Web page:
Neuropharmacologic agents able to disrupt normal virus-neuron interactions may provide an alternative strategy for the treatment of herpes simplex virus (HSV) infections. We have previously shown that prophylactic treatment with capsaicin, a natural compound that alters function in sensory neurons, can protect guinea pigs against cutaneous HSV disease, even though the compound has no direct antiviral activity. Here we have examined the ability of civamide, the cis isomer of capsaicin, to interfere with HSV disease. We show that, even when the onset of treatment was delayed until after intravaginal virus challenge, primary genital skin disease severity was significantly reduced. In addition, animals treated during primary infection subsequently experienced a long-lasting reduction in recurrent disease. Civamide treatment during latent infection also significantly reduced recurrent disease, although for a shorter period. Further a single weekly treatment with civamide during latent infection was sufficient to reduce recurrent disease, indicating that an infrequent suppressive maintenance therapy might be possible.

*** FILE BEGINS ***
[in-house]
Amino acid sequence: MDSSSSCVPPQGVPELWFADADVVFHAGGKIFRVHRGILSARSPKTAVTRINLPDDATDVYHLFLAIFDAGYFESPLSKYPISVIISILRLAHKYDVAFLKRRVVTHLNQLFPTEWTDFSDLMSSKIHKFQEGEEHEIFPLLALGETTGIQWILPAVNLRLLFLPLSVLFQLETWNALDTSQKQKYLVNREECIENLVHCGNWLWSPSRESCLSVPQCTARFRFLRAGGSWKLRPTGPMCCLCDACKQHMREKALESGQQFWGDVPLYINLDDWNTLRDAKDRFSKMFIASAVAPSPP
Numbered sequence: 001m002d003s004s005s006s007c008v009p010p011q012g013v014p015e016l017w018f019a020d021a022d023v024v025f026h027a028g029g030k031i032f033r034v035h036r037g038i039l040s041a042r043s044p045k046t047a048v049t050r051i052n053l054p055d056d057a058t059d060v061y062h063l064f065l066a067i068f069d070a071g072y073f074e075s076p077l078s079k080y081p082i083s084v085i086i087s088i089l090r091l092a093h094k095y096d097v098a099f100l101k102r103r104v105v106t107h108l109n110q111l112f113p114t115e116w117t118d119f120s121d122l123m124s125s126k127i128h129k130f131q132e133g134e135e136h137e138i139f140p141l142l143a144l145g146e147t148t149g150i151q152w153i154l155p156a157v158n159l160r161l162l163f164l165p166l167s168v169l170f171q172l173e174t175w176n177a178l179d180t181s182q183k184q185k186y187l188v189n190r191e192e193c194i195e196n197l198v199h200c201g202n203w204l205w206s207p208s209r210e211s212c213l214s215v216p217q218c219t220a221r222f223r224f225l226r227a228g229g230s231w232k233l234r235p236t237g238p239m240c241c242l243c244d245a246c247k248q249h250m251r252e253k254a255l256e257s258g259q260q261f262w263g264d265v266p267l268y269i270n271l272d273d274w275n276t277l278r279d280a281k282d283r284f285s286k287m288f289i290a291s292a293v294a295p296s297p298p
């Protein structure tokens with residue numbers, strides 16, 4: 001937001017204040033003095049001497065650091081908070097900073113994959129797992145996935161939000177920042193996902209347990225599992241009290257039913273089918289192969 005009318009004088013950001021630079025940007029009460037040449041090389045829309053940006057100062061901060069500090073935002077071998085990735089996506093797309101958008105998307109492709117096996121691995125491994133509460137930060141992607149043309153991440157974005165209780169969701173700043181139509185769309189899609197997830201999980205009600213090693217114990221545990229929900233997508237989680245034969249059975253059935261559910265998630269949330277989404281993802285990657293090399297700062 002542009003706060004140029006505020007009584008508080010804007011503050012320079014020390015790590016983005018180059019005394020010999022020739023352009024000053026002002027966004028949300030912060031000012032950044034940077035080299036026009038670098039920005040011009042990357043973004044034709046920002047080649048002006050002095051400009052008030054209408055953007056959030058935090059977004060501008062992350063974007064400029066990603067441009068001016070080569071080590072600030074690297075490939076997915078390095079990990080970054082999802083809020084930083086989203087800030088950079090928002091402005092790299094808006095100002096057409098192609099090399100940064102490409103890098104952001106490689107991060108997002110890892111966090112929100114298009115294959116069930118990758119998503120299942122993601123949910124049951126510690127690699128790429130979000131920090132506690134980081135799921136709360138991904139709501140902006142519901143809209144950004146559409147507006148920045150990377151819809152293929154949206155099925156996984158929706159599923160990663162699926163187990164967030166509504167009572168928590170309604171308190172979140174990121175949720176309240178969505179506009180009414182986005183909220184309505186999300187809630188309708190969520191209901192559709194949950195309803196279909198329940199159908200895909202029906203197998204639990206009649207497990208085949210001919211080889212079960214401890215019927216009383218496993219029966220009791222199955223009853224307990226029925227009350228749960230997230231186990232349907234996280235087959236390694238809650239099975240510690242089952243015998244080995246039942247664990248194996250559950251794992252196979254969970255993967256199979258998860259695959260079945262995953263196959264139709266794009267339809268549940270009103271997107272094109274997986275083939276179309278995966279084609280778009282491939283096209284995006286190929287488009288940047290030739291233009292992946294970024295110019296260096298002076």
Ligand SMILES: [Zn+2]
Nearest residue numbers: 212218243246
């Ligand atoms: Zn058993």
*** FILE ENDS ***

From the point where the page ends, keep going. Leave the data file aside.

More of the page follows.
|Original language||English (US)|
|Number of pages||4|
|Journal||Antimicrobial Agents and Chemotherapy|
|State||Published - 1999|
ASJC Scopus subject areas
- Pharmacology (medical)